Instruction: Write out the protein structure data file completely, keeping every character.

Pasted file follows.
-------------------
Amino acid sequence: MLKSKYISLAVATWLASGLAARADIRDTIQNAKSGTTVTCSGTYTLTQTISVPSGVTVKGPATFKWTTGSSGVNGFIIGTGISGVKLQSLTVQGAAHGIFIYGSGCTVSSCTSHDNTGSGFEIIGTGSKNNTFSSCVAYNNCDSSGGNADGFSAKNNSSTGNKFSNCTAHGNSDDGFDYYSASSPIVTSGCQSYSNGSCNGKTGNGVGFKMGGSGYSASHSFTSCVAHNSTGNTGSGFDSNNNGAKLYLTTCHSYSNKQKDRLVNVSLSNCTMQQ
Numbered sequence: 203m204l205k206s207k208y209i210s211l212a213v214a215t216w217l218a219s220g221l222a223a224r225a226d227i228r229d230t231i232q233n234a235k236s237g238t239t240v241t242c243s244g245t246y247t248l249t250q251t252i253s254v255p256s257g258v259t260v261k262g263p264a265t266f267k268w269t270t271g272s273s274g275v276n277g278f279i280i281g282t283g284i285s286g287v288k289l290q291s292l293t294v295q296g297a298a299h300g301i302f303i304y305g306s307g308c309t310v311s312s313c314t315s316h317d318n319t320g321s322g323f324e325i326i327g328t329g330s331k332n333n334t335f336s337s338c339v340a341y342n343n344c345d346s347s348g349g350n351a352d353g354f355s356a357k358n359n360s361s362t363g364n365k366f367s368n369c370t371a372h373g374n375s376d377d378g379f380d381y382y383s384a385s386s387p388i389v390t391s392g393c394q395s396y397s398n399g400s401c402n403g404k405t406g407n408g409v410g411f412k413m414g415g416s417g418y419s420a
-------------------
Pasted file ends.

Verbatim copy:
Amino acid sequence: MLKSKYISLAVATWLASGLAARADIRDTIQNAKSGTTVTCSGTYTLTQTISVPSGVTVKGPATFKWTTGSSGVNGFIIGTGISGVKLQSLTVQGAAHGIFIYGSGCTVSSCTSHDNTGSGFEIIGTGSKNNTFSSCVAYNNCDSSGGNADGFSAKNNSSTGNKFSNCTAHGNSDDGFDYYSASSPIVTSGCQSYSNGSCNGKTGNGVGFKMGGSGYSASHSFTSCVAHNSTGNTGSGFDSNNNGAKLYLTTCHSYSNKQKDRLVNVSLSNCTMQQ
Numbered sequence: 203m204l205k206s207k208y209i210s211l212a213v214a215t216w217l218a219s220g221l222a223a224r225a226d227i228r229d230t231i232q233n234a235k236s237g238t239t240v241t242c243s244g245t246y247t248l249t250q251t252i253s254v255p256s257g258v259t260v261k262g263p264a265t266f267k268w269t270t271g272s273s274g275v276n277g278f279i280i281g282t283g284i285s286g287v288k289l290q291s292l293t294v295q296g297a298a299h300g301i302f303i304y305g306s307g308c309t310v311s312s313c314t315s316h317d318n319t320g321s322g323f324e325i326i327g328t329g330s331k332n333n334t335f336s337s338c339v340a341y342n343n344c345d346s347s348g349g350n351a352d353g354f355s356a357k358n359n360s361s362t363g364n365k366f367s368n369c370t371a372h373g374n375s376d377d378g379f380d381y382y383s384a385s386s387p388i389v390t391s392g393c394q395s396y397s398n399g400s401c402n403g404k405t406g407n408g409v410g411f412k413m414g415g416s417g418y419s420a